Economic Study Finds VTE Prophylaxis with Low-Molecular-Weight Heparin Cost Effective Reply

Critically ill patients in the hospital are at high risk for developing venous thromboembolism (VTE). The 2011 PROTECT trial compared the two most common drug strategies used to prevent VTE — unfractionated heparin (UFH) and dalteparin, a low-molecular-weight heparin (LMWH) —  and found no difference between the two groups in the primary endpoint of the trial, leg deep-vein thrombosis.

But PROTECT did turn up a significant reduction in the dalteparin group in the important secondary endpoints of pulmonary embolism (PE) and heparin-induced thrombocytopenia (HIT). Now a prespecified economic analysis of PROTECT, published in JAMA, indicates that use of LMWH, though it is more expensive than UFH, may lead to lower hospital costs due to the reduction in PE and HIT.

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FDA Advisory Panel Gives Tepid Support To New Daiichi Sankyo Drug Reply

On Thursday the FDA’s Cardiovascular and Renal Drugs Advisory Committee voted 9-1 in favor of approval for Daiichi Sankyo’s edoxaban(Savaysa), but the outcome will likely result in a drug that will be on the market but that few physicians will prescribe until further studies are performed.

Click here to read the full post on Forbes.

Grad Student Invents Flying Ambulance Drone To Deliver Emergency Shocks Reply

Drones have been used to kill people in war zones and to spy on people. Now a sharp young  graduate student in the Netherlands has come up with an innovative new use for drones that could one day help save thousands of lives.

Click here to read the full post on Forbes.

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Ebola, Natural Cures, And Panic: A Rant Reply

I try to stick to writing about cardiovascular topics but it’s been hard to avoid thinking about ebola in recent weeks. Trying to take a break from the ebola insanity yesterday I turned to Facebook to find some cute cat videos. Instead, I found this, posted by an old friend, from the Organic Consumers Association:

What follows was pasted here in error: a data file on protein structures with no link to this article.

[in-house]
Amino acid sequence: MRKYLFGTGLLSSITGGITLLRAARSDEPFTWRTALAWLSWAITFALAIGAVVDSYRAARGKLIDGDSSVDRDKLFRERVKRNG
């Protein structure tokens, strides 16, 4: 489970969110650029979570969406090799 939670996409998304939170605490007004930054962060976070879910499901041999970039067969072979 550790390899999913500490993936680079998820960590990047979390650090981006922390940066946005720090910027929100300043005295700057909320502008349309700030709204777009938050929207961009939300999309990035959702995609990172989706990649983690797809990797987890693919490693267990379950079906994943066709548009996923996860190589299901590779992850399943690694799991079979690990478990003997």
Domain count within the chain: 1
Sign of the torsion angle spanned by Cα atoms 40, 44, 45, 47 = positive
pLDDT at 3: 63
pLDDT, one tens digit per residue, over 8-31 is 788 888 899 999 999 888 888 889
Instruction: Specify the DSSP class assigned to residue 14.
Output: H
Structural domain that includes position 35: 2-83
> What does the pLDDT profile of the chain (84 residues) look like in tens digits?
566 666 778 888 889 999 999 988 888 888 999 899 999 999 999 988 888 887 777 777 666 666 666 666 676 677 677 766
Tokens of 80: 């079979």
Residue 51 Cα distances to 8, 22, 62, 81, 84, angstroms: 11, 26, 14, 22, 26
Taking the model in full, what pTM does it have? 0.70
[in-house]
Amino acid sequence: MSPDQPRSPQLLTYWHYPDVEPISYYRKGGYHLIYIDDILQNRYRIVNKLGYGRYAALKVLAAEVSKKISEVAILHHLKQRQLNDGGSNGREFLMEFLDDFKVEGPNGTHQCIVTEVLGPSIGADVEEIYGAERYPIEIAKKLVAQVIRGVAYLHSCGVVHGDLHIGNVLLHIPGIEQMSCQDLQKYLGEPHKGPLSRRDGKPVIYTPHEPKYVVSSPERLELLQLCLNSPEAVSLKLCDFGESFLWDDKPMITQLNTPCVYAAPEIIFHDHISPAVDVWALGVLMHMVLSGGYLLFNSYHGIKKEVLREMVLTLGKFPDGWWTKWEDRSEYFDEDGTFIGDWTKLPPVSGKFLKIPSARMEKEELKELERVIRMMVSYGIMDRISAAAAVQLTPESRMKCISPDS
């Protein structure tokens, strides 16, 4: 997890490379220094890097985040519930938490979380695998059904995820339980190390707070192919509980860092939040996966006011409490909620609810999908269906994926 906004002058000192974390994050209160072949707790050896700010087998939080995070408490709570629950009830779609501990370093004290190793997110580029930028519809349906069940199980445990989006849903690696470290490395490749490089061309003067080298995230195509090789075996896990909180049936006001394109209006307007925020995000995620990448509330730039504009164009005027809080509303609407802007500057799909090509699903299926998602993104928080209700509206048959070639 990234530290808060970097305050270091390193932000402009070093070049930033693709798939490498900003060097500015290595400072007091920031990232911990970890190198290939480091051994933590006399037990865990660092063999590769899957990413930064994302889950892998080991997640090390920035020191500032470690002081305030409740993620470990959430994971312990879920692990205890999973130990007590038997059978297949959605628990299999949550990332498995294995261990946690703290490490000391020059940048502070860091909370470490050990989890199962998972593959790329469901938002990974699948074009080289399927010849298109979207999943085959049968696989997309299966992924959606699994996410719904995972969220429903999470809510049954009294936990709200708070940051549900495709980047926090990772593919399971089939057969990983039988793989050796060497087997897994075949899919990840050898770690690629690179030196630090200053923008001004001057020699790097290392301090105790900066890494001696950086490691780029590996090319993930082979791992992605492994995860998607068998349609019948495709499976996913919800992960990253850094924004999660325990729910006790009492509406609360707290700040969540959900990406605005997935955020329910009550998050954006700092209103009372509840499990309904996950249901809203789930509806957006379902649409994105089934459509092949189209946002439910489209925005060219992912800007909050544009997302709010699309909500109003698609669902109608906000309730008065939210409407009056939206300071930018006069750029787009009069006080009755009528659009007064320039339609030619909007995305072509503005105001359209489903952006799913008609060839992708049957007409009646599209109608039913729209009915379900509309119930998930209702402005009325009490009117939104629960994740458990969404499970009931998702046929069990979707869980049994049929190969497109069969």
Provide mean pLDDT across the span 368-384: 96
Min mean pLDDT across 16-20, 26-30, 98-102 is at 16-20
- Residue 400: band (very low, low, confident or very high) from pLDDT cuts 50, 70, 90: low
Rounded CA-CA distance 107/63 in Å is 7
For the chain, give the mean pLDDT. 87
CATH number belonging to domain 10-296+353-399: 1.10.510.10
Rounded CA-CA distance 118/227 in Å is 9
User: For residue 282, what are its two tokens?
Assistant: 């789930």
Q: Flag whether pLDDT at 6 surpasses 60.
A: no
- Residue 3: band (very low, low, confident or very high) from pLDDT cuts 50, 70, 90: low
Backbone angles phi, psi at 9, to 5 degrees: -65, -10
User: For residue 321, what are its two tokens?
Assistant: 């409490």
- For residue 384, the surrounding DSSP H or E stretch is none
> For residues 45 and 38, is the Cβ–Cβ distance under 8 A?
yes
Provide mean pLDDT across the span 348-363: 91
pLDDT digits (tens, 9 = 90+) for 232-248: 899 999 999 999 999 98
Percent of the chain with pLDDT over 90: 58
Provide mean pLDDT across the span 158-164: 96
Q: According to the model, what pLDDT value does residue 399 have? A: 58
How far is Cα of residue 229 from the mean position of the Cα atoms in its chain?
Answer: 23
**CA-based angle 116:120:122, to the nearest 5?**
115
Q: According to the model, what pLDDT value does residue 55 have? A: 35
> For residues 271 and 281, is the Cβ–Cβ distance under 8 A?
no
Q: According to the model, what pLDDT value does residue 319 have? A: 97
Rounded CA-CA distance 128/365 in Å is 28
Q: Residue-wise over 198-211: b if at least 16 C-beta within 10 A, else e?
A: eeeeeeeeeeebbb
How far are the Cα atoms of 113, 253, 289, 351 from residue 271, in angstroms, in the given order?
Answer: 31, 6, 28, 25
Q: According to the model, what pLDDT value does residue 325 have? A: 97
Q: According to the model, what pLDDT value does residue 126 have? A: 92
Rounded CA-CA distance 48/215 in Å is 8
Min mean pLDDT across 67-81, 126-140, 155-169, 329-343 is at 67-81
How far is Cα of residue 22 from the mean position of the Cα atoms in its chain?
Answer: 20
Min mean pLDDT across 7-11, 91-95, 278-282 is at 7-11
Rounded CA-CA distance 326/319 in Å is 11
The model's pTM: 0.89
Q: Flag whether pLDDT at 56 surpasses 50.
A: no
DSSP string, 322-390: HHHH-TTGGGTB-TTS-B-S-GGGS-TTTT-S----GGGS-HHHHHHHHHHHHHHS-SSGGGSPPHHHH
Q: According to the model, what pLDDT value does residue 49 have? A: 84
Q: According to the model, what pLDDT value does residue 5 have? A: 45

There are natural methods proven to be effective for prevention and treatment of Ebola. But doctors refuse to explore them.

My friend simply asked her FB friends: “What do you think? Please share.”

I’m afraid I didn’t respond well:

Click here to read the full post on Forbes.

Organic Ebola FB

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Genetic Study Suggests Possible Causal Role for LDL in Aortic Valve Disease Reply

Although LDL is an important risk factor for aortic valve disease, the precise role it plays has been uncertain. Lipid-lowering therapy in people with established aortic valve disease has not been shown to be beneficial. Now, however, a new genetic study published in JAMA suggests that LDL cholesterol may in fact cause an increase in aortic valve calcium and aortic valve stenosis. This may mean that LDL-lowering therapy could prove beneficial when given earlier in the disease process.

Click here to read the full post on Forbes.

 

Paper Behind The Green Coffee Bean Diet Craze Retracted Reply

The “scientific” paper that helped ignite the green coffee bean diet craze has been retracted. The details of the retraction and the full background of the story were fully reported by Ivan Oransky on Retraction Watch.

The paper, published in Diabetes, Metabolic Syndrome and Obesity: Targets and Therapy, purported to report the substantial weight loss findings of a randomized, double-blind, placebo-controlled crossover study of green coffee bean extract. The article has been viewed or downloaded by more than three-quarters of a million people since its publication in January 2012.

Click here to read the full post on Forbes.

 

English: Photo of Dr.Oz at the Time 100 Gala.

English: Photo of Dr.Oz at the Time 100 Gala. (Photo credit: Wikipedia)

 

Cigna Sues Embattled HDL Laboratory For $84 Million Reply

The Cigna Health and Life Insurance company is suing Health Diagnostic Laboratory Inc. for $84 million.  As reported previously, the embattled lab company is the subject of an ongoing Federal investigation concerning kickbacks and fraudulent billing.